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M.Arch 2 Graduate Nero He Reflects on the Power of Limitations in Building a Better World

Nero He graduated from SCI-Arc’s M.Arch 2 program in 2020. He is currently a Visiting Professor in the School of Architecture + Design at Virginia Tech and has a creative practice called HeXagōn. His teaching, research, and practice directions all share the same focus on creating quasi-autonomous workflows to collaborate with the computer.

As a graduate during the pandemic, SCI-Arc alum Nero He discovered a renewed focus and purpose in the limitations of this unprecedented time. “I believe our generation of designers has been shaped by all new limitations in post-COVID times,” he shared. “Being aware and conscious about the limitation of a computer is easier to achieve than finding the limitation of a human's creativity.”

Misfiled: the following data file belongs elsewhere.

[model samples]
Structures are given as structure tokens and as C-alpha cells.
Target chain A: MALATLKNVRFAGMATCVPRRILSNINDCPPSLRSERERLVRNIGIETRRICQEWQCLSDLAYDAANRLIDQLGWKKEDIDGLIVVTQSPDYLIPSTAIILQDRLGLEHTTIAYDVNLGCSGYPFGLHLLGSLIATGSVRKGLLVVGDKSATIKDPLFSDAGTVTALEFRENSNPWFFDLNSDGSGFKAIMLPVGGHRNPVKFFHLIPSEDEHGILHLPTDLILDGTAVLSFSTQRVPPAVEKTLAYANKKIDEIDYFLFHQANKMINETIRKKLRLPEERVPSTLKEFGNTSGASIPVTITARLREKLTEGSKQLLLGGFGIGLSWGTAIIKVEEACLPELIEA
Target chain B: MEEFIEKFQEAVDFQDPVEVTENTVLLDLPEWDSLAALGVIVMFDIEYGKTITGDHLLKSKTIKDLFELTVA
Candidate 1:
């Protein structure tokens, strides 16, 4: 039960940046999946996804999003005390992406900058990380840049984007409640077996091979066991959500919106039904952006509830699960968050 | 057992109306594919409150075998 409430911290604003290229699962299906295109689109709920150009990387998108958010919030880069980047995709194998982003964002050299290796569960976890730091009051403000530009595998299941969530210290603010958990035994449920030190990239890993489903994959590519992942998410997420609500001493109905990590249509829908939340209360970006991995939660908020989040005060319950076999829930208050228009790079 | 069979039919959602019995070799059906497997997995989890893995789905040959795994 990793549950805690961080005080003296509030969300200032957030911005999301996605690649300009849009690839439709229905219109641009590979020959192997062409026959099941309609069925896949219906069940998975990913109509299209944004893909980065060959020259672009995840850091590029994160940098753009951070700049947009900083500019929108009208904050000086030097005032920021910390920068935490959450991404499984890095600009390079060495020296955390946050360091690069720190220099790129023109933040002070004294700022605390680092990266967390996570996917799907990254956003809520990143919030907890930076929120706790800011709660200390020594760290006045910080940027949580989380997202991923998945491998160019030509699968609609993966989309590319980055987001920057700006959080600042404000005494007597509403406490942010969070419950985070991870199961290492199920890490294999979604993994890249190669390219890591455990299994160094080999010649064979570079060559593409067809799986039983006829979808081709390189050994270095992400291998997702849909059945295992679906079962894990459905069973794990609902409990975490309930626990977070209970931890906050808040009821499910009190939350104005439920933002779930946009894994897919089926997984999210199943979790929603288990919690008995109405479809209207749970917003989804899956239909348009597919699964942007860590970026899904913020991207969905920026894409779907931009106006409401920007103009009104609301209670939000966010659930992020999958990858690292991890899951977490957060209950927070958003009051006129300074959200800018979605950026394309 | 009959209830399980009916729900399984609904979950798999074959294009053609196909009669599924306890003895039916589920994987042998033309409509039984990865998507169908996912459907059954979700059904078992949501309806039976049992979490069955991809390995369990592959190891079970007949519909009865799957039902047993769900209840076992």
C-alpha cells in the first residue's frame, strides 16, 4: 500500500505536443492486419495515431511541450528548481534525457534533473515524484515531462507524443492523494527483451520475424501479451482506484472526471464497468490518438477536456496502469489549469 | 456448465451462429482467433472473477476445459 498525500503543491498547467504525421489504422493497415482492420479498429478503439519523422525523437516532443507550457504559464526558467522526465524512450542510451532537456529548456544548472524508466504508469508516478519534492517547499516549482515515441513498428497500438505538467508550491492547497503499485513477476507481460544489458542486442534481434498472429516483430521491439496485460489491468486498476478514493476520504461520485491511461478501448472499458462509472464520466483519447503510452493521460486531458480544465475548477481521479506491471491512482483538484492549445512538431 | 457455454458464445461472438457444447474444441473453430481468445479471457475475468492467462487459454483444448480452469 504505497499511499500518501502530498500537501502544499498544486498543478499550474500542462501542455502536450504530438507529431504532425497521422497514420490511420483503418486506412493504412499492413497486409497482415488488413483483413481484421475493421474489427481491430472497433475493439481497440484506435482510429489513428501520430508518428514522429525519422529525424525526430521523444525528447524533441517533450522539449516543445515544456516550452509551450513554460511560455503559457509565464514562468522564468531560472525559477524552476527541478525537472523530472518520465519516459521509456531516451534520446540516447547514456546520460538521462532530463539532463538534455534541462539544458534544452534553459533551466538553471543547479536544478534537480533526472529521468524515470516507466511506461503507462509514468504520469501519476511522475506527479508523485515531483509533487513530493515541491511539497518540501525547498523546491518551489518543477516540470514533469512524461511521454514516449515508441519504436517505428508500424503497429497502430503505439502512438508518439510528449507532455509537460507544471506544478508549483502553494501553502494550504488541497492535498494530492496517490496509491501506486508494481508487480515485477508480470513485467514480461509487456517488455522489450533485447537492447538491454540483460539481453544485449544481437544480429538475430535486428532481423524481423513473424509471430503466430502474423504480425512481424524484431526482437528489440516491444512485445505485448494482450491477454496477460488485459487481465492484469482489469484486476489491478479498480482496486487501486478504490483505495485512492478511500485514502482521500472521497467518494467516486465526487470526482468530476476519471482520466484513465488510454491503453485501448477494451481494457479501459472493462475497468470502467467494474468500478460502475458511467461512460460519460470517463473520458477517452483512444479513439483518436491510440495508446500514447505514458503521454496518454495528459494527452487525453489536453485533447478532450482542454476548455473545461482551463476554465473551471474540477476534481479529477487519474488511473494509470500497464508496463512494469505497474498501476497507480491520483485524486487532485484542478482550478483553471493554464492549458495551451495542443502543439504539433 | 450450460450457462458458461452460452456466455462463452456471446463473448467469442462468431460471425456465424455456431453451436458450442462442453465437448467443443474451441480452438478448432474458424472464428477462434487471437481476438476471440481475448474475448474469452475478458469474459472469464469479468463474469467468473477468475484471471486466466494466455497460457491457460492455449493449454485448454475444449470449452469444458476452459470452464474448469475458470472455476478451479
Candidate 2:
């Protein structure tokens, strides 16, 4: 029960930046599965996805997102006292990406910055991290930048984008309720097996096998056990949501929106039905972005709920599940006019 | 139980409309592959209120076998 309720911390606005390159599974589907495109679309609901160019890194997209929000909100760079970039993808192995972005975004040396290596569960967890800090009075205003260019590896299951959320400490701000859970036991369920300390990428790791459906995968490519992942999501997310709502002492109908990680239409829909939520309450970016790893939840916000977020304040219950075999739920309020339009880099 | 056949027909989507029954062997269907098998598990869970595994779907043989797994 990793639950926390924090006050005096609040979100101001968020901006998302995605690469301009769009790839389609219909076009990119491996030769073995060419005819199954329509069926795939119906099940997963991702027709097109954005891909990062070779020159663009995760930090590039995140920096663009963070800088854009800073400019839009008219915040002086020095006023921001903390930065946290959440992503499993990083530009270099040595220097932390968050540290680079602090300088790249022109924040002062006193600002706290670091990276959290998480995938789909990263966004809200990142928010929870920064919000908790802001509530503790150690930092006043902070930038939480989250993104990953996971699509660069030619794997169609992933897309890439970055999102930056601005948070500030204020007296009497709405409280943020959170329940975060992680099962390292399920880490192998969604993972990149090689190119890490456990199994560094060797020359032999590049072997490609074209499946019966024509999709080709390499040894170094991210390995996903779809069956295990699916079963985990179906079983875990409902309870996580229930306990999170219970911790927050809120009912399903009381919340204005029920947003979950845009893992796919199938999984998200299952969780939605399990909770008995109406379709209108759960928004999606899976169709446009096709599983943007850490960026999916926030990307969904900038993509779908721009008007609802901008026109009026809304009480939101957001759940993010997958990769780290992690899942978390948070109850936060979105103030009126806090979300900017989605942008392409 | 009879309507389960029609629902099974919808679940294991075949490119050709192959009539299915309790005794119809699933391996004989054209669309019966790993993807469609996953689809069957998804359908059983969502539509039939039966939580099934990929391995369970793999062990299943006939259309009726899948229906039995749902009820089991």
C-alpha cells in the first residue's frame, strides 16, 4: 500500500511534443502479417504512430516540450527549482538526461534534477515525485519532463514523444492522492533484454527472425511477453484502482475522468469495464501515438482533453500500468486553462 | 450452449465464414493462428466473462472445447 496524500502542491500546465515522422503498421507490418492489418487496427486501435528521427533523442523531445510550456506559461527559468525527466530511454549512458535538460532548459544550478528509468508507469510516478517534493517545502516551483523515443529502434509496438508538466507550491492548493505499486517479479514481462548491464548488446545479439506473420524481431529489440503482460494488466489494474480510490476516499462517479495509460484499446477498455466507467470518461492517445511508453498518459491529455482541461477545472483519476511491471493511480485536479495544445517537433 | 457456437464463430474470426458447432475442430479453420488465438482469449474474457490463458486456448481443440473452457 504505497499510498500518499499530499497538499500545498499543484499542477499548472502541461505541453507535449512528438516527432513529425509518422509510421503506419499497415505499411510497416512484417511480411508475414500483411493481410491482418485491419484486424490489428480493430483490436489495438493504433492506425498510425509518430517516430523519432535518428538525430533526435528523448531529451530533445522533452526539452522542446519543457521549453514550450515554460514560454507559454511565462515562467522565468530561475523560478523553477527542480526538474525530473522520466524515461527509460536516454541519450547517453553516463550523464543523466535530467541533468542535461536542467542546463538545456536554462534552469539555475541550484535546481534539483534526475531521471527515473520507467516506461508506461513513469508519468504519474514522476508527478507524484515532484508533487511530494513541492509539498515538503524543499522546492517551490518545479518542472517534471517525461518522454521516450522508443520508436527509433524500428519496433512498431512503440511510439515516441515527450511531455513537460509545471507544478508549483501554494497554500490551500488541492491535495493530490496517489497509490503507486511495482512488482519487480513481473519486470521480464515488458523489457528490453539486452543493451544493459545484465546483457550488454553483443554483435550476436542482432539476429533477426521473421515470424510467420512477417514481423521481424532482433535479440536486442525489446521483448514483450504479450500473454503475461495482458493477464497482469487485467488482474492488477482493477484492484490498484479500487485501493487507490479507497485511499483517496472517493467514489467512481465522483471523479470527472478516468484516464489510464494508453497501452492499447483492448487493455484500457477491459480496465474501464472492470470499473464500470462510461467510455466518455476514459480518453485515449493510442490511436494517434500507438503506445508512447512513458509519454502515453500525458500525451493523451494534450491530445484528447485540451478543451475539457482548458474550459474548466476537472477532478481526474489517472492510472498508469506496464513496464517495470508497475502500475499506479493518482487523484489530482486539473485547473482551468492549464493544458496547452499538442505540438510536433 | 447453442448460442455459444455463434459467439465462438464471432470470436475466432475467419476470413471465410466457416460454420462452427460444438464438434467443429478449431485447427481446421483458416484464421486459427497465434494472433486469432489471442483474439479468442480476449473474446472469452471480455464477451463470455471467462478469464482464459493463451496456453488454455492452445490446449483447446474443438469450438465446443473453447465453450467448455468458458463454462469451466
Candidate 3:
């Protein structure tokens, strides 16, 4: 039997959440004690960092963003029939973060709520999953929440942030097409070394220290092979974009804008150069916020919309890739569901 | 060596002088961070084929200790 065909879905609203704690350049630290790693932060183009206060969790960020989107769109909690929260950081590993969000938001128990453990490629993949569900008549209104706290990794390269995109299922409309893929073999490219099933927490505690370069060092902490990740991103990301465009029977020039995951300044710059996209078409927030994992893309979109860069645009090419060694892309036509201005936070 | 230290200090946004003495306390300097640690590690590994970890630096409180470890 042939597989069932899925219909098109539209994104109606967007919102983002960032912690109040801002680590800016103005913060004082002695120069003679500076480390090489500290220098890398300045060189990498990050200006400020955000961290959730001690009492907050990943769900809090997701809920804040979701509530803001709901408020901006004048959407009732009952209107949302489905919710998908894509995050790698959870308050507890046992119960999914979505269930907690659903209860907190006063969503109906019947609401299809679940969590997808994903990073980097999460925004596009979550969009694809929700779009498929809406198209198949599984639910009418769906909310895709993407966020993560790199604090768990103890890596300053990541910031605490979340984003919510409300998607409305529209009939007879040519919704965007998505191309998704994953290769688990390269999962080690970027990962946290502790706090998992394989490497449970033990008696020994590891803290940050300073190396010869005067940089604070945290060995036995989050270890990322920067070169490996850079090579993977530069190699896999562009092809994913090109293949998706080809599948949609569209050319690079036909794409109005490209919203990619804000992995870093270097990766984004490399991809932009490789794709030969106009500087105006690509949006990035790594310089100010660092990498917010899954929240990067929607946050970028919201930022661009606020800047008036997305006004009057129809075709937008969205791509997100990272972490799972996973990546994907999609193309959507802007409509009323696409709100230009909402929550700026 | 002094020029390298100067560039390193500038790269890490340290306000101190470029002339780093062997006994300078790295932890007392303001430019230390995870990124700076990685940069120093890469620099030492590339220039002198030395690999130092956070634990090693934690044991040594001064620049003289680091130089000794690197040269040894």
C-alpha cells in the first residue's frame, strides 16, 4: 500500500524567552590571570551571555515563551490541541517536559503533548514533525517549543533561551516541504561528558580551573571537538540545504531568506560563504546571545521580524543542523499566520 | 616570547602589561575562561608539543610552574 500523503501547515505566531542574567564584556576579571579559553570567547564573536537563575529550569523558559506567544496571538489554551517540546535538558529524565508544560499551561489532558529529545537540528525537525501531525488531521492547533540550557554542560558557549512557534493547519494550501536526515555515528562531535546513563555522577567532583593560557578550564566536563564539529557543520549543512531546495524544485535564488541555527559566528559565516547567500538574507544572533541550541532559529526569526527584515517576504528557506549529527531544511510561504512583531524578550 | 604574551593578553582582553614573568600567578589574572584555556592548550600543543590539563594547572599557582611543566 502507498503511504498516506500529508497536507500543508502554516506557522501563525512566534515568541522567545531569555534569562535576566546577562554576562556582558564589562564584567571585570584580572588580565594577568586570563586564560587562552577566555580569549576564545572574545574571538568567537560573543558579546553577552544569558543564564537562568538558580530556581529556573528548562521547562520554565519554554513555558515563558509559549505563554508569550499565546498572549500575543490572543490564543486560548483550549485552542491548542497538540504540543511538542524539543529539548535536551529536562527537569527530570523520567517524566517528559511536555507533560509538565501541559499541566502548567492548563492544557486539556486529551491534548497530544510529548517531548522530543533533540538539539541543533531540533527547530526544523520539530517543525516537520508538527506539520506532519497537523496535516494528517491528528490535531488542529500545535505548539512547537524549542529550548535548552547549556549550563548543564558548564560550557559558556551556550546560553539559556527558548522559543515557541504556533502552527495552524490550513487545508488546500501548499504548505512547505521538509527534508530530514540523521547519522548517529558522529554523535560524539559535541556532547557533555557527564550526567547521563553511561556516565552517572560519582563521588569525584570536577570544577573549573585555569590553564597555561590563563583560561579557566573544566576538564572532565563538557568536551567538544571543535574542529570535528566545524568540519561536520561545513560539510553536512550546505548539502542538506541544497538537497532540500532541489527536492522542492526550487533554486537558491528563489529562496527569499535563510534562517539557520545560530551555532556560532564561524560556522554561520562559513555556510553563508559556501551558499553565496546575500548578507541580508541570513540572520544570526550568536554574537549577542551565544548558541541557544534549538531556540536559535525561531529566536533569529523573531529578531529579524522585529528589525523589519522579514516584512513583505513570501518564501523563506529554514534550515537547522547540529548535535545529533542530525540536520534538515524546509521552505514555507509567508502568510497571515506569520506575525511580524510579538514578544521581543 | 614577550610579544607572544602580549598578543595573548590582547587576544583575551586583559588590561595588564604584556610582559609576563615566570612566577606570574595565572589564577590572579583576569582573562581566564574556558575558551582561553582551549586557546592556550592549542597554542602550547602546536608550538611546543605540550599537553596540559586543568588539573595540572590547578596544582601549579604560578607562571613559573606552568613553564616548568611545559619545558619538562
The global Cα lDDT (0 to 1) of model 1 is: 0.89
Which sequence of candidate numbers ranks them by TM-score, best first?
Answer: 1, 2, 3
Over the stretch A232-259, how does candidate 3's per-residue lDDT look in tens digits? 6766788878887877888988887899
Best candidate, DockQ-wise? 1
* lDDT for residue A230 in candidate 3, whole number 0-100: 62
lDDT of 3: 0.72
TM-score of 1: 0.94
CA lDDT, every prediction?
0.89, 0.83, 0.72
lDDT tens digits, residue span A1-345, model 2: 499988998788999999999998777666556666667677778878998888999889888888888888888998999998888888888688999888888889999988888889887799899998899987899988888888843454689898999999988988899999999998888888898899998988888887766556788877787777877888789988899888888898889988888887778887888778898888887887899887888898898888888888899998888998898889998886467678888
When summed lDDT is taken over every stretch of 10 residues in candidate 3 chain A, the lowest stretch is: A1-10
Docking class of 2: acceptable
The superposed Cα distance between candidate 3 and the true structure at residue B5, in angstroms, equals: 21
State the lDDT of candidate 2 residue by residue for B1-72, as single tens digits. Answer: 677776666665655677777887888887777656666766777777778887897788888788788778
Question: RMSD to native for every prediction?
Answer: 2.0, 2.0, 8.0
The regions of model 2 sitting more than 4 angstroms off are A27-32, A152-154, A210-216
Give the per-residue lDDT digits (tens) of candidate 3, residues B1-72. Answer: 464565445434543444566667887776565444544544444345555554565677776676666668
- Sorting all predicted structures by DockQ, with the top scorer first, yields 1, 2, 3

We spoke to Nero to learn more about what he has both learned and achieved in his life and career after graduating from SCI-Arc.

Hi Nero, thank you for speaking with us. First of all, how do you form your concepts and modalities when choosing what projects you'd like to work on?

I have two general directions: automavision, to re-design and re-see architecture with nonhuman-centric perspectives, and phygital construction, to fabricate through the exchange between physical and digital mediums. My practice is still very young. I am still in the stage of not being able to say no to a lot of things including pro-bono projects.

I classify my design work as the result of collaboration between my team, my clients, and our computers. My work always circles back to the conversation about what could be done by human labor and computer labor within the time frame. This topic excites me because constraints provide solid reasons to create a suitable workflow. I understand the importance of finding the right language to frame our work in a more accessible way to communicate with people not within our field. I would like to find out that language first and then define what work I would like to work on.